There is little plot as such; instead, the bulk of the play consists of rich dialogues that show how the citizens of Thebes and their king Eteocles feel about the threat of the hostile army before their gates. Dialogues show aspects of Eteocles' character. There is also a lengthy description of each of the seven captains that lead the Argive army against the seven gates of the city of Thebes as well as the devices on their respective shields. Eteocles, in turn, announces which Theban commander he will send against each Argive attacker. Finally, the commander of the troops before the seventh gate is revealed to be Polynices, the brother of the king. Then Eteocles remembers and refers to the curse of their father Oedipus. Eteocles resolves to meet and fight his brother in person before the seventh gate and exits. Following a choral ode, a messenger enters, announcing that the attackers have been repelled but that Eteocles and Polynices have killed each other in battle. Their bodies are brought on stage, and the chorus mourns them.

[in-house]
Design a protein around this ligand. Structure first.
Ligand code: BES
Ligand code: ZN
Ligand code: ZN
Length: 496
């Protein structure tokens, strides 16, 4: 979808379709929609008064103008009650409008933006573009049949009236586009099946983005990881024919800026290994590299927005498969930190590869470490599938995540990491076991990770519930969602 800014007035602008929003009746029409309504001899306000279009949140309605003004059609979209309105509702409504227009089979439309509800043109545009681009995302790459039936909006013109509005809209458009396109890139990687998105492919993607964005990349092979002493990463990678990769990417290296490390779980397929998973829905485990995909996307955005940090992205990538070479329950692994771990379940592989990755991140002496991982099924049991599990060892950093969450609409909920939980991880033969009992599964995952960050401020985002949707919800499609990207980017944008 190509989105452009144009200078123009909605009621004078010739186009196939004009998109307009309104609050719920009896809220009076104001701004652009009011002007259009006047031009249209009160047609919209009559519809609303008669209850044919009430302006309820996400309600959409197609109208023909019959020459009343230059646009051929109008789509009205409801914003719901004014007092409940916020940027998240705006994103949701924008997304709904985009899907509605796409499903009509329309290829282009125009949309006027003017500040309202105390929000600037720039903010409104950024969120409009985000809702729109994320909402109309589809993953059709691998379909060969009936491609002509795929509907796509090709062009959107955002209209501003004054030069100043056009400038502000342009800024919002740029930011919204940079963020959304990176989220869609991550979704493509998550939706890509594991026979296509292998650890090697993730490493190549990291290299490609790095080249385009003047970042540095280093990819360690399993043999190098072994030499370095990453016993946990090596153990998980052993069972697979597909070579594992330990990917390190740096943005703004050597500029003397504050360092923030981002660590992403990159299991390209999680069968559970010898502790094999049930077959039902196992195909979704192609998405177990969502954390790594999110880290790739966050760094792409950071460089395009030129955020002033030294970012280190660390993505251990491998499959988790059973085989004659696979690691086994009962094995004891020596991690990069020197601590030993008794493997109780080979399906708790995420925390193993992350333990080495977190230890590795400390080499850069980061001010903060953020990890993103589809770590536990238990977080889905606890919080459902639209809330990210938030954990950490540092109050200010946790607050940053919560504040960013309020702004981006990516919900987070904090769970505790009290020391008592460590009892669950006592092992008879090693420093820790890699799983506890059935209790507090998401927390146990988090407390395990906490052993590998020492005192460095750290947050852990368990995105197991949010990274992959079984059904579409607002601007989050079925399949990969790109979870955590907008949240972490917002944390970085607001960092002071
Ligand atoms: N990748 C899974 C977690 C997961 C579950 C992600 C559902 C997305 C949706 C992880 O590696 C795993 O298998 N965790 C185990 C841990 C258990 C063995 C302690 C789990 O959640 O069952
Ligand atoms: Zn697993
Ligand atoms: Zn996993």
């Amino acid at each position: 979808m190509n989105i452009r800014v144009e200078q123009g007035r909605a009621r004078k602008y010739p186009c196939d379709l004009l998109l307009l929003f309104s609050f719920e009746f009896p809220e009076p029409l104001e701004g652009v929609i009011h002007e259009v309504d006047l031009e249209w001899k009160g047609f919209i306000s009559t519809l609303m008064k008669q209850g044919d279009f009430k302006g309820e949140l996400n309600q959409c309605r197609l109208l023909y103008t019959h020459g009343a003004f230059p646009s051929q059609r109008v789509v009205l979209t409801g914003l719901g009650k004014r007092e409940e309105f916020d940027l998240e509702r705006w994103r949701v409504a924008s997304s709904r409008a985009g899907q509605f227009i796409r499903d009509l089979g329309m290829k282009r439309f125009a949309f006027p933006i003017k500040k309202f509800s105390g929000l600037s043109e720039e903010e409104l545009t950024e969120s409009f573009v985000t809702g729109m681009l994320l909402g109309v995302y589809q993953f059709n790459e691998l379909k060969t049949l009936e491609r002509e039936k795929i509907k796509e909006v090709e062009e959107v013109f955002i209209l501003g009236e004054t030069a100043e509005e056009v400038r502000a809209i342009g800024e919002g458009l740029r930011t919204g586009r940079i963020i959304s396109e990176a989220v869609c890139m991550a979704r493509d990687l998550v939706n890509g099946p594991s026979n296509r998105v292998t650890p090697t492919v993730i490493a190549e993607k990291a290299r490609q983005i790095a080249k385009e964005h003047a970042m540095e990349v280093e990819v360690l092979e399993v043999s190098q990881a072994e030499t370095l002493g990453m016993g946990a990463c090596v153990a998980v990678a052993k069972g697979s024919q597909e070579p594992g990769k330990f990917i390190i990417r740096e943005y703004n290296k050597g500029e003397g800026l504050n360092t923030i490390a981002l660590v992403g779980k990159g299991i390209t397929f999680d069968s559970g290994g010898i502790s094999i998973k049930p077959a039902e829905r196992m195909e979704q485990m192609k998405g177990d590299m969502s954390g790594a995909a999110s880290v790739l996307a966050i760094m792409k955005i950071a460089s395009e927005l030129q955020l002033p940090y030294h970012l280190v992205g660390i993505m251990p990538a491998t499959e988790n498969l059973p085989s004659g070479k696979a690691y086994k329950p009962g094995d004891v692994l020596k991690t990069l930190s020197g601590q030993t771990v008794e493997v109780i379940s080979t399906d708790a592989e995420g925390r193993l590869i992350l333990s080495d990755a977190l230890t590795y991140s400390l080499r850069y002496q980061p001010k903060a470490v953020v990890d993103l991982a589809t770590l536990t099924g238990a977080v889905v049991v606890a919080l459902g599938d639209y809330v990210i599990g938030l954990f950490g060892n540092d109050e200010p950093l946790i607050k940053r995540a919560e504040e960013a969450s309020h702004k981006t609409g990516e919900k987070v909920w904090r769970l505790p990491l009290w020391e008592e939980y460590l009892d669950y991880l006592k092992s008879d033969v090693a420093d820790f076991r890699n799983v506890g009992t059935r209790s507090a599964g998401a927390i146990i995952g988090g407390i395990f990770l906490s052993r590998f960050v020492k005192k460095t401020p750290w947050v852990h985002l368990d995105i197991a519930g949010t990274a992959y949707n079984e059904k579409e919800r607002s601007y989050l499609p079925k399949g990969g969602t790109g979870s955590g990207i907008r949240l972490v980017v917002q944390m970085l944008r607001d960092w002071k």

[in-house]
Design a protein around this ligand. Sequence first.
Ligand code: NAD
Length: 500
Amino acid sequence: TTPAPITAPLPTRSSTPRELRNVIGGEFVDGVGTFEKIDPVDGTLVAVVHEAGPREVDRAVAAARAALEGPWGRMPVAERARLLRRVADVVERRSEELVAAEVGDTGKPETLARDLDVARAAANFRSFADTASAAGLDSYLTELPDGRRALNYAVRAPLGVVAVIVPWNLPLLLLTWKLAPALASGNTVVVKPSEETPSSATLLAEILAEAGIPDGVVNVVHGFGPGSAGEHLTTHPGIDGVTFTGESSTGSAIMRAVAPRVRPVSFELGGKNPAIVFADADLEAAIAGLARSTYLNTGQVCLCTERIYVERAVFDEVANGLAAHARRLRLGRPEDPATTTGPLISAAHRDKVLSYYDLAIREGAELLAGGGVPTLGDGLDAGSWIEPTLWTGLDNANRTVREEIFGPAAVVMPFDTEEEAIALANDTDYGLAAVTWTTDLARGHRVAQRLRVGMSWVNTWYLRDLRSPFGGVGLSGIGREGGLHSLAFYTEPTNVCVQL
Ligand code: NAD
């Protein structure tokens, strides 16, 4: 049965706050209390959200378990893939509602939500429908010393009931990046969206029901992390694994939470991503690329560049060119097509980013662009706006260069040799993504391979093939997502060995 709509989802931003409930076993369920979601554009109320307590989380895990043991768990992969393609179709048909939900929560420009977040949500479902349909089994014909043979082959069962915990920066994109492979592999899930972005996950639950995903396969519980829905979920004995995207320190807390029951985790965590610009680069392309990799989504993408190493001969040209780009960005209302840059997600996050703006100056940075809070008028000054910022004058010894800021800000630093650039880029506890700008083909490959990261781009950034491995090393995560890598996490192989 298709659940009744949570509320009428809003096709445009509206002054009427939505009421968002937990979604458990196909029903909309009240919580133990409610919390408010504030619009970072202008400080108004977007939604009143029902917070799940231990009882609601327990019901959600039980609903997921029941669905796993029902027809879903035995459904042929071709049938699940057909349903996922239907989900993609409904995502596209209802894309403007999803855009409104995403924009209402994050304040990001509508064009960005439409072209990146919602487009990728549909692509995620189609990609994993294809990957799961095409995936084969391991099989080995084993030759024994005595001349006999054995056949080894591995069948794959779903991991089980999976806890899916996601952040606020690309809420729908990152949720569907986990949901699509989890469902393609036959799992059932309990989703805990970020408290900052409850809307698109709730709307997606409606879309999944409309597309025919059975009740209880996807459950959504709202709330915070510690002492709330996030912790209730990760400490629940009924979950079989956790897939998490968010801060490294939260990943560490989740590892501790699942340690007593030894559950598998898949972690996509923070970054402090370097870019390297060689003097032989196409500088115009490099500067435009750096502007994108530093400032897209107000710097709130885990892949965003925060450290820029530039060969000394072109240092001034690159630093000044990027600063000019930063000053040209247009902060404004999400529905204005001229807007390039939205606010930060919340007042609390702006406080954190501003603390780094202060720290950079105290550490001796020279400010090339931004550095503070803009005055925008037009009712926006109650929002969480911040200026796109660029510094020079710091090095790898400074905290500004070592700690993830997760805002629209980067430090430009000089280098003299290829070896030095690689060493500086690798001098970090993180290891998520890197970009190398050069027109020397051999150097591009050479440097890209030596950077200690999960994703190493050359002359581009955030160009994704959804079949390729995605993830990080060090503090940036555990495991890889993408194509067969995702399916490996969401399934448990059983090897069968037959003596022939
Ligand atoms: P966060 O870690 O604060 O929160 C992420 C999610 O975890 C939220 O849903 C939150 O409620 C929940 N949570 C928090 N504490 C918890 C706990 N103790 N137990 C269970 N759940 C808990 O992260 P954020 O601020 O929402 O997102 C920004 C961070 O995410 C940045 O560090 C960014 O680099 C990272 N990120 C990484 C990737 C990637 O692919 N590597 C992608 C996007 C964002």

Due to the popularity of Sophocles' play Antigone, the ending of Seven against Thebes was rewritten about fifty years after Aeschylus' death. While Aeschylus wrote his play to end with somber mourning for the dead brothers, it now contains an ending that serves as a lead-in of sorts to Sophocles' play: a messenger appears, announcing a prohibition against burying Polynices; his sister Antigone, however, announces her intention to defy this edict.
The seven attackers and defenders in the play are: